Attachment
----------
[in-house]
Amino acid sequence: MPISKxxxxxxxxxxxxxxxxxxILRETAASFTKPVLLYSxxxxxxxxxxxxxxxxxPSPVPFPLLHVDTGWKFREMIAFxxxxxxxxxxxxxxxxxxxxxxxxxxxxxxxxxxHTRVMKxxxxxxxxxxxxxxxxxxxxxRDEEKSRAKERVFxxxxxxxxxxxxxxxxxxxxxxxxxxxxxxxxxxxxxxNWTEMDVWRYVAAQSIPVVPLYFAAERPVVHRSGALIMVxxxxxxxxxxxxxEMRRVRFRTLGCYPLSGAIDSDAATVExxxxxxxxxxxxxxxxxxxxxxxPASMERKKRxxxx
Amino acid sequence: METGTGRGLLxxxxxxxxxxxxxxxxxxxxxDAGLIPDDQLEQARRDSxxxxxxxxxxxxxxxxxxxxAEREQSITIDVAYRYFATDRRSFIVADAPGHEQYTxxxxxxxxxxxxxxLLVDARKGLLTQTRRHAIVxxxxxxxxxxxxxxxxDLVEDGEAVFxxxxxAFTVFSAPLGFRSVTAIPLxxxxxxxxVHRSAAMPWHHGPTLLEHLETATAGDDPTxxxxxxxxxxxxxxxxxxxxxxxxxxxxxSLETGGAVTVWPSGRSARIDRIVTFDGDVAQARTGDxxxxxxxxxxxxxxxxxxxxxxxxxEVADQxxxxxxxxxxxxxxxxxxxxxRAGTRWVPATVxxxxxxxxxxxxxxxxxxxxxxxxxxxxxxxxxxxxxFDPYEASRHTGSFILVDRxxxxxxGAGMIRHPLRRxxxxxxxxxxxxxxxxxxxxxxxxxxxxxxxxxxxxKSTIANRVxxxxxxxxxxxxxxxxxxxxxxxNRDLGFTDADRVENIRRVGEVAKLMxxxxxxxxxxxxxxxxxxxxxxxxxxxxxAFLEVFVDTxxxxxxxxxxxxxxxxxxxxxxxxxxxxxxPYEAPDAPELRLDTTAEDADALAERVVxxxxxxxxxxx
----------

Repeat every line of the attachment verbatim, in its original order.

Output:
[in-house]
Amino acid sequence: MPISKxxxxxxxxxxxxxxxxxxILRETAASFTKPVLLYSxxxxxxxxxxxxxxxxxPSPVPFPLLHVDTGWKFREMIAFxxxxxxxxxxxxxxxxxxxxxxxxxxxxxxxxxxHTRVMKxxxxxxxxxxxxxxxxxxxxxRDEEKSRAKERVFxxxxxxxxxxxxxxxxxxxxxxxxxxxxxxxxxxxxxxNWTEMDVWRYVAAQSIPVVPLYFAAERPVVHRSGALIMVxxxxxxxxxxxxxEMRRVRFRTLGCYPLSGAIDSDAATVExxxxxxxxxxxxxxxxxxxxxxxPASMERKKRxxxx
Amino acid sequence: METGTGRGLLxxxxxxxxxxxxxxxxxxxxxDAGLIPDDQLEQARRDSxxxxxxxxxxxxxxxxxxxxAEREQSITIDVAYRYFATDRRSFIVADAPGHEQYTxxxxxxxxxxxxxxLLVDARKGLLTQTRRHAIVxxxxxxxxxxxxxxxxDLVEDGEAVFxxxxxAFTVFSAPLGFRSVTAIPLxxxxxxxxVHRSAAMPWHHGPTLLEHLETATAGDDPTxxxxxxxxxxxxxxxxxxxxxxxxxxxxxSLETGGAVTVWPSGRSARIDRIVTFDGDVAQARTGDxxxxxxxxxxxxxxxxxxxxxxxxxEVADQxxxxxxxxxxxxxxxxxxxxxRAGTRWVPATVxxxxxxxxxxxxxxxxxxxxxxxxxxxxxxxxxxxxxFDPYEASRHTGSFILVDRxxxxxxGAGMIRHPLRRxxxxxxxxxxxxxxxxxxxxxxxxxxxxxxxxxxxxKSTIANRVxxxxxxxxxxxxxxxxxxxxxxxNRDLGFTDADRVENIRRVGEVAKLMxxxxxxxxxxxxxxxxxxxxxxxxxxxxxAFLEVFVDTxxxxxxxxxxxxxxxxxxxxxxxxxxxxxxPYEAPDAPELRLDTTAEDADALAERVVxxxxxxxxxxx